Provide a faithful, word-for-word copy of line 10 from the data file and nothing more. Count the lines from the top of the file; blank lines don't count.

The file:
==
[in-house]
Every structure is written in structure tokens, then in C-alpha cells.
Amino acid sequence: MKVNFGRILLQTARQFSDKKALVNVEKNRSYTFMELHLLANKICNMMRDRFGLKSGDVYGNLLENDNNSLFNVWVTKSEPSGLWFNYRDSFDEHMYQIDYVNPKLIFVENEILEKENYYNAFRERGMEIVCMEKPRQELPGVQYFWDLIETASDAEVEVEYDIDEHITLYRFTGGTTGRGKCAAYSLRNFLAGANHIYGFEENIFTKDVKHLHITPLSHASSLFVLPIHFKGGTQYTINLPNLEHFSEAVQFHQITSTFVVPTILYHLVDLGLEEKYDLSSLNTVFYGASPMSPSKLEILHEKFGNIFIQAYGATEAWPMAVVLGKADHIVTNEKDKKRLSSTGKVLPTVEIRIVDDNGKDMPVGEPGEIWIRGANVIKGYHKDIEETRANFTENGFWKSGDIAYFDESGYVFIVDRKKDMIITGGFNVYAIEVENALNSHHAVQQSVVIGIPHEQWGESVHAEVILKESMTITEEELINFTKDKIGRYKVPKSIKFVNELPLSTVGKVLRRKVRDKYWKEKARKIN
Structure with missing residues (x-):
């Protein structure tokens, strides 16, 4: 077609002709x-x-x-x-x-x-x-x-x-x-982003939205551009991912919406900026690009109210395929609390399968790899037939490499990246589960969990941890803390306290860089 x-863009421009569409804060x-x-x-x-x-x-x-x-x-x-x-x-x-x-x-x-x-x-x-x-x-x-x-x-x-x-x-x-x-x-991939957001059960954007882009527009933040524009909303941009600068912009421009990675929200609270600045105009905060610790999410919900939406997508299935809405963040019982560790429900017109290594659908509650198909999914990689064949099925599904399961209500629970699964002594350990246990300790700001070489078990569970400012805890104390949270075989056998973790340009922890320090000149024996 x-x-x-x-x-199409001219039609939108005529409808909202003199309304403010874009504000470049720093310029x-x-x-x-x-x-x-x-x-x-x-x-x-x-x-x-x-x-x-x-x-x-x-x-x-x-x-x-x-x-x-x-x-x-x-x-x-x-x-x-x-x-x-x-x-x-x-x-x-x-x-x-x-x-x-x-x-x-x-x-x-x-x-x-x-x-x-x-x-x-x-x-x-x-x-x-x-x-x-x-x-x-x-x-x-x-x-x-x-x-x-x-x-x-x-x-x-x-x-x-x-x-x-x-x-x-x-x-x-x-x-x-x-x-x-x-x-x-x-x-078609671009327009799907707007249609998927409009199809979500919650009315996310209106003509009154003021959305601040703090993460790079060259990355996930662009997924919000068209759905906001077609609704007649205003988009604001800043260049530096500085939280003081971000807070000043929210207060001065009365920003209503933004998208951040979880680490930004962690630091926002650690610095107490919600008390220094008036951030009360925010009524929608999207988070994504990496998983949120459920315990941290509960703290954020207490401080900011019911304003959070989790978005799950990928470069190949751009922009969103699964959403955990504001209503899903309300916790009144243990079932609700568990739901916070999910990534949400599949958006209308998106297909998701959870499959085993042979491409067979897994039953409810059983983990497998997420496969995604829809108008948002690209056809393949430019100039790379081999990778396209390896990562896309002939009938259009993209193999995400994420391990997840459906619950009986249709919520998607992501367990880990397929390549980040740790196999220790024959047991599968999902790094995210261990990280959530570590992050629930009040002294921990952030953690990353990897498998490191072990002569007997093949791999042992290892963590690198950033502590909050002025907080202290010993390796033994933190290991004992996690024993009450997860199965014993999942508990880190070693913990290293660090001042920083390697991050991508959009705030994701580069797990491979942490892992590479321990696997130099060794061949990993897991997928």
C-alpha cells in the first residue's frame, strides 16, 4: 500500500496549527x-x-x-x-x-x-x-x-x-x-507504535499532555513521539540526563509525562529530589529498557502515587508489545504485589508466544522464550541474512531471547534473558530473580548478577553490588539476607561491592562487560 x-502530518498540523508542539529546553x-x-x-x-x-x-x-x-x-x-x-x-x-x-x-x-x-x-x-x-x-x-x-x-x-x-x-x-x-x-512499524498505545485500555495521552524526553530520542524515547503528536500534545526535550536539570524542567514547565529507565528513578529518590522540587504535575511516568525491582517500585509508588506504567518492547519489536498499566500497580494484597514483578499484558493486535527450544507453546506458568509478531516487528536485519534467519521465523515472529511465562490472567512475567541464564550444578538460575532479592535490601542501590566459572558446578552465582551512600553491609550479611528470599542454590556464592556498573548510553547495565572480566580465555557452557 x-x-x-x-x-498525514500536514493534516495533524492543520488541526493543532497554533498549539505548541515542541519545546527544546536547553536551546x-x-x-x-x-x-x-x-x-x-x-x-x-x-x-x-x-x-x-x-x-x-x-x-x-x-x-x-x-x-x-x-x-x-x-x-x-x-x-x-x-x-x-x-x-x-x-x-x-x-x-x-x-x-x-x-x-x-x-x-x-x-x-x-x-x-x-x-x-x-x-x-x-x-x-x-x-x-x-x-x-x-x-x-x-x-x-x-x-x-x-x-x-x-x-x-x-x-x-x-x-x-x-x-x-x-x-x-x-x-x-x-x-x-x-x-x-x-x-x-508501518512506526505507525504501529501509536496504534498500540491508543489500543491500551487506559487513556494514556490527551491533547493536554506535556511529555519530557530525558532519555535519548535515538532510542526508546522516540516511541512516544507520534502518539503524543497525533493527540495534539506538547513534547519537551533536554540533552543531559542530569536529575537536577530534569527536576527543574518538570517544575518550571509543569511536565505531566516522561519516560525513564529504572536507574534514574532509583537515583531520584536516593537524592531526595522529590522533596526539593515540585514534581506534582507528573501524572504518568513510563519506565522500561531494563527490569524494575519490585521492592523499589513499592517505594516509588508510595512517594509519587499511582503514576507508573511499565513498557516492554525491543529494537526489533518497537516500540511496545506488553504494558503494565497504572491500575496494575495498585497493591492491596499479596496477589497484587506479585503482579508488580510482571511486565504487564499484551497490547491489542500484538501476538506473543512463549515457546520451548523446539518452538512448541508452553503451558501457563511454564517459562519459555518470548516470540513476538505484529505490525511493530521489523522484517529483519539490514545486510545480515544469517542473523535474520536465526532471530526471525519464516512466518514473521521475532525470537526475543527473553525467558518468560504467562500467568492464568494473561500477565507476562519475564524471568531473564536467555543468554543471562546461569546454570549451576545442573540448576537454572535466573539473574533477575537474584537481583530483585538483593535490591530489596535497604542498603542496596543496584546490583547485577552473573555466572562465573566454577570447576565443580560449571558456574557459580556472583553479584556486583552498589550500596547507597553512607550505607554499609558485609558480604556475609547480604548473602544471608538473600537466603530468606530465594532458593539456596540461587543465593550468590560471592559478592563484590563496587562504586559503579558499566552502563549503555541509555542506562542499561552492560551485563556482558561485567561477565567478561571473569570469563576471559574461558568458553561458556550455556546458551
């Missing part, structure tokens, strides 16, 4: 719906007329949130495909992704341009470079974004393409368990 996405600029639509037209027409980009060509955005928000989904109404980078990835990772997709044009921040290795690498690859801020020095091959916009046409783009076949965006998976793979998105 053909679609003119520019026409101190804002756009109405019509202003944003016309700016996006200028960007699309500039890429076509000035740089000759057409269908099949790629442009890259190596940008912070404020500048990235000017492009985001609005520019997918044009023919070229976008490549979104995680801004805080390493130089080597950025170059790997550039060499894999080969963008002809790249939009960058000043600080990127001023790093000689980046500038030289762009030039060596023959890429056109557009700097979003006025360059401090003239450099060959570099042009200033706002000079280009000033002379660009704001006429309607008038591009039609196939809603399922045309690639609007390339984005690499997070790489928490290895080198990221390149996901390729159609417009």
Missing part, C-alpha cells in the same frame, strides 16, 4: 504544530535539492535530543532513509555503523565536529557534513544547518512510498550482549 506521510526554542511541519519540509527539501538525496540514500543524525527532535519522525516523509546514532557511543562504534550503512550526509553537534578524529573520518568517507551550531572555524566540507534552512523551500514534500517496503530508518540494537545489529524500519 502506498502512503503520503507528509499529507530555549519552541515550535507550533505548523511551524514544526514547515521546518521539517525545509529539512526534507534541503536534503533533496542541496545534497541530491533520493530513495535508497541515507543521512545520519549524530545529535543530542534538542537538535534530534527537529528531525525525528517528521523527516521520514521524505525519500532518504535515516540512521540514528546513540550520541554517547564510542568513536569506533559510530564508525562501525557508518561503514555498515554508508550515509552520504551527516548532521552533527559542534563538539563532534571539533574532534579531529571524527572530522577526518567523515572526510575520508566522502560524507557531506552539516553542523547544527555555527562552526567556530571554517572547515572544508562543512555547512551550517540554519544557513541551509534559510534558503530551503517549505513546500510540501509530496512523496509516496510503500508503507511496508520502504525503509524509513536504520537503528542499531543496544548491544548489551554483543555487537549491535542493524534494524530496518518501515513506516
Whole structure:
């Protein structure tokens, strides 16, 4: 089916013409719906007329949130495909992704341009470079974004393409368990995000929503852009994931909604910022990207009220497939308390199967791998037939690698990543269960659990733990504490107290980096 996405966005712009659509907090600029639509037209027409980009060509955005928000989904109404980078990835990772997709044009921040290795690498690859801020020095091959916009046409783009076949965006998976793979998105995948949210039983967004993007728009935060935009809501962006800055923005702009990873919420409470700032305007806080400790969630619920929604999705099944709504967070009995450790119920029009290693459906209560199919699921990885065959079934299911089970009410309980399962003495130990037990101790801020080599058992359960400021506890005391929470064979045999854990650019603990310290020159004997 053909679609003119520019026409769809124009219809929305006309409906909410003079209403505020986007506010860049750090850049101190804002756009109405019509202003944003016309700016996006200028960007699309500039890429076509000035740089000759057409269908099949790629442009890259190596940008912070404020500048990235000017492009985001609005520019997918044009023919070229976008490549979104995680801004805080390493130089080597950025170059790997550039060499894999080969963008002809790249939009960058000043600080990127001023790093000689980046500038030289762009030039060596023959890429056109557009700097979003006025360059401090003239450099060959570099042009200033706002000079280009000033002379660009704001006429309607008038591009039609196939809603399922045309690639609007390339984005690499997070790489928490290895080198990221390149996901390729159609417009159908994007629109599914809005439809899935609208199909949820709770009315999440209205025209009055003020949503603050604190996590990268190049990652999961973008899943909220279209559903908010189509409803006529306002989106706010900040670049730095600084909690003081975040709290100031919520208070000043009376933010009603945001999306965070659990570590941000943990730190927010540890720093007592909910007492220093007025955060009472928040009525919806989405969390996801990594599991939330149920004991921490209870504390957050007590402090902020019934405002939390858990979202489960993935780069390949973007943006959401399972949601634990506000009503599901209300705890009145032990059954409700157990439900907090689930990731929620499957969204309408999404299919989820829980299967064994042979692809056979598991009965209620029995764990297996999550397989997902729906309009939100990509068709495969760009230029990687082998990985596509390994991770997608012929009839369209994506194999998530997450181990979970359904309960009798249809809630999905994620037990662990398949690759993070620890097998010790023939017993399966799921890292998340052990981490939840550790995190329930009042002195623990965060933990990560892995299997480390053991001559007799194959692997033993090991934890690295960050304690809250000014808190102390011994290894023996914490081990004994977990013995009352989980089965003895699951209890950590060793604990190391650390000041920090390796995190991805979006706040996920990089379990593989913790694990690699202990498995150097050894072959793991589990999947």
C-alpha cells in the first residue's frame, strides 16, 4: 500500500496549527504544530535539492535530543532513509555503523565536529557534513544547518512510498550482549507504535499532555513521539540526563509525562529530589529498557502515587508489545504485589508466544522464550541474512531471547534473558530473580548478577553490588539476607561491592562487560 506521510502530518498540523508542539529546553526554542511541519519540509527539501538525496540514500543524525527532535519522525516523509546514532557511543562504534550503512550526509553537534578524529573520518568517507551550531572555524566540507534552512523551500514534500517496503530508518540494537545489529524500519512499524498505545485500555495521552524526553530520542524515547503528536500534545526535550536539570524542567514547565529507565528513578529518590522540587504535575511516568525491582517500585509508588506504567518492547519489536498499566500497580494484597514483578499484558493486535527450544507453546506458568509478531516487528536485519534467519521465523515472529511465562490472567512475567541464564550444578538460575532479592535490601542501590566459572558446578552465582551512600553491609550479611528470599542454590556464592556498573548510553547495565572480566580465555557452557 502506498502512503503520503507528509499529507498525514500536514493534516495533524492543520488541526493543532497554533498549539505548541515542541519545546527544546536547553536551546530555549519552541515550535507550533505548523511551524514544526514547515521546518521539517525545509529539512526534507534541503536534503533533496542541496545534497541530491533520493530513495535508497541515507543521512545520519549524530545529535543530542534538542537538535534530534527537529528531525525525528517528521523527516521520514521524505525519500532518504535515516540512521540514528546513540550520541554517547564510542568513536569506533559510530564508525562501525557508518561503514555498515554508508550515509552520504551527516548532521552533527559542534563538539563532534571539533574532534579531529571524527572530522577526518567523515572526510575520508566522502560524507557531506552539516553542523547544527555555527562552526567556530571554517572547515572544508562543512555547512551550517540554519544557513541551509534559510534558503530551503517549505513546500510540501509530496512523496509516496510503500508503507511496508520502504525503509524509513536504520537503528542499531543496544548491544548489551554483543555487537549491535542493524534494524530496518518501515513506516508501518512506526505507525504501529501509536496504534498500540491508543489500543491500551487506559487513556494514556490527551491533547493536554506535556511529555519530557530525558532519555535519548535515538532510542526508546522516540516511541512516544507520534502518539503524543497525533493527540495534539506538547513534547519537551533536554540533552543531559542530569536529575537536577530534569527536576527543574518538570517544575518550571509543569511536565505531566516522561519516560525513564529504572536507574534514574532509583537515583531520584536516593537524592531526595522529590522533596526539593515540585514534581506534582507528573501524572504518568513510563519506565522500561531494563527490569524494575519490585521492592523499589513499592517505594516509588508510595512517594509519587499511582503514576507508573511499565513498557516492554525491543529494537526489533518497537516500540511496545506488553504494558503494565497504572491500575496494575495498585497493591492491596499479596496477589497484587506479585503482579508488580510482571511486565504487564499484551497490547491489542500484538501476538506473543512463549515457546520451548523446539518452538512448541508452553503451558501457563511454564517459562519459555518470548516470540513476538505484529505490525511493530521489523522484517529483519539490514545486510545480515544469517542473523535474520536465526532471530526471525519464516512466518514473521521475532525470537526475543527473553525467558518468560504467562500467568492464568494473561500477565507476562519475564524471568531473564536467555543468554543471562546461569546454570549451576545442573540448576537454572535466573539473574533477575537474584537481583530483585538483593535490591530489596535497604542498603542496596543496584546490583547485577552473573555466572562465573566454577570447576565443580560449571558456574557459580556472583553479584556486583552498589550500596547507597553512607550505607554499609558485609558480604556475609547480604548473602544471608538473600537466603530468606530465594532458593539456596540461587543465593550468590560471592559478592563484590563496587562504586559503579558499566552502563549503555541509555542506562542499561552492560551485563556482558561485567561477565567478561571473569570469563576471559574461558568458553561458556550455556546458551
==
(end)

């Protein structure tokens, strides 16, 4: 089916013409719906007329949130495909992704341009470079974004393409368990995000929503852009994931909604910022990207009220497939308390199967791998037939690698990543269960659990733990504490107290980096 996405966005712009659509907090600029639509037209027409980009060509955005928000989904109404980078990835990772997709044009921040290795690498690859801020020095091959916009046409783009076949965006998976793979998105995948949210039983967004993007728009935060935009809501962006800055923005702009990873919420409470700032305007806080400790969630619920929604999705099944709504967070009995450790119920029009290693459906209560199919699921990885065959079934299911089970009410309980399962003495130990037990101790801020080599058992359960400021506890005391929470064979045999854990650019603990310290020159004997 053909679609003119520019026409769809124009219809929305006309409906909410003079209403505020986007506010860049750090850049101190804002756009109405019509202003944003016309700016996006200028960007699309500039890429076509000035740089000759057409269908099949790629442009890259190596940008912070404020500048990235000017492009985001609005520019997918044009023919070229976008490549979104995680801004805080390493130089080597950025170059790997550039060499894999080969963008002809790249939009960058000043600080990127001023790093000689980046500038030289762009030039060596023959890429056109557009700097979003006025360059401090003239450099060959570099042009200033706002000079280009000033002379660009704001006429309607008038591009039609196939809603399922045309690639609007390339984005690499997070790489928490290895080198990221390149996901390729159609417009159908994007629109599914809005439809899935609208199909949820709770009315999440209205025209009055003020949503603050604190996590990268190049990652999961973008899943909220279209559903908010189509409803006529306002989106706010900040670049730095600084909690003081975040709290100031919520208070000043009376933010009603945001999306965070659990570590941000943990730190927010540890720093007592909910007492220093007025955060009472928040009525919806989405969390996801990594599991939330149920004991921490209870504390957050007590402090902020019934405002939390858990979202489960993935780069390949973007943006959401399972949601634990506000009503599901209300705890009145032990059954409700157990439900907090689930990731929620499957969204309408999404299919989820829980299967064994042979692809056979598991009965209620029995764990297996999550397989997902729906309009939100990509068709495969760009230029990687082998990985596509390994991770997608012929009839369209994506194999998530997450181990979970359904309960009798249809809630999905994620037990662990398949690759993070620890097998010790023939017993399966799921890292998340052990981490939840550790995190329930009042002195623990965060933990990560892995299997480390053991001559007799194959692997033993090991934890690295960050304690809250000014808190102390011994290894023996914490081990004994977990013995009352989980089965003895699951209890950590060793604990190391650390000041920090390796995190991805979006706040996920990089379990593989913790694990690699202990498995150097050894072959793991589990999947």